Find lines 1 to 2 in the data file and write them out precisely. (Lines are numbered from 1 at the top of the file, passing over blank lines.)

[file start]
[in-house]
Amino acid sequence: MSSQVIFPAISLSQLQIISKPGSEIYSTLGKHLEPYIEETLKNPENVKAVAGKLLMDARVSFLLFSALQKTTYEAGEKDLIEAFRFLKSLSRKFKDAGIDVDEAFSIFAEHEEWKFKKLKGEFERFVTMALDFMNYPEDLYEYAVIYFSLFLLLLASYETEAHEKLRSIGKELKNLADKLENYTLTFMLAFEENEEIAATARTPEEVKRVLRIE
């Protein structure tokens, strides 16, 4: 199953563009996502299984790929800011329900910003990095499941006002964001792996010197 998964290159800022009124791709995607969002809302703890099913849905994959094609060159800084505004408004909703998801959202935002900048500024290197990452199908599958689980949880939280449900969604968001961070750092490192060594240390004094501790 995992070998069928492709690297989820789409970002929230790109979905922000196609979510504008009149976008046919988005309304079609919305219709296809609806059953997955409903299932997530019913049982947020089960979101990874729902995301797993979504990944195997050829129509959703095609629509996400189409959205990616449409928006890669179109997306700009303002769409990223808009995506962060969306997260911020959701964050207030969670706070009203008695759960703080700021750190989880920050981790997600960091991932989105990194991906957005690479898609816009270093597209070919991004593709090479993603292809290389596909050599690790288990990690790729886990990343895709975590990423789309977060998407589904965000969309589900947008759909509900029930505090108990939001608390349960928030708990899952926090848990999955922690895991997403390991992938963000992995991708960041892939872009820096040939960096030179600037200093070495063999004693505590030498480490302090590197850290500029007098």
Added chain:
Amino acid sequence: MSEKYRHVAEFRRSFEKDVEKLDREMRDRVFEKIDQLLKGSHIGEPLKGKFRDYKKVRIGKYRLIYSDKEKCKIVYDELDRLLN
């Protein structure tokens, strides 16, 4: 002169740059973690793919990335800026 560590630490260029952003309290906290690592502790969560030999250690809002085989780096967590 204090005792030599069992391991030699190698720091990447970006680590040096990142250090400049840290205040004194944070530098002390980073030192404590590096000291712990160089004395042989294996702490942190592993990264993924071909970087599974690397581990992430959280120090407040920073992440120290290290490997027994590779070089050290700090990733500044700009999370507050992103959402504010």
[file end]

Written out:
[in-house]
Amino acid sequence: MSSQVIFPAISLSQLQIISKPGSEIYSTLGKHLEPYIEETLKNPENVKAVAGKLLMDARVSFLLFSALQKTTYEAGEKDLIEAFRFLKSLSRKFKDAGIDVDEAFSIFAEHEEWKFKKLKGEFERFVTMALDFMNYPEDLYEYAVIYFSLFLLLLASYETEAHEKLRSIGKELKNLADKLENYTLTFMLAFEENEEIAATARTPEEVKRVLRIE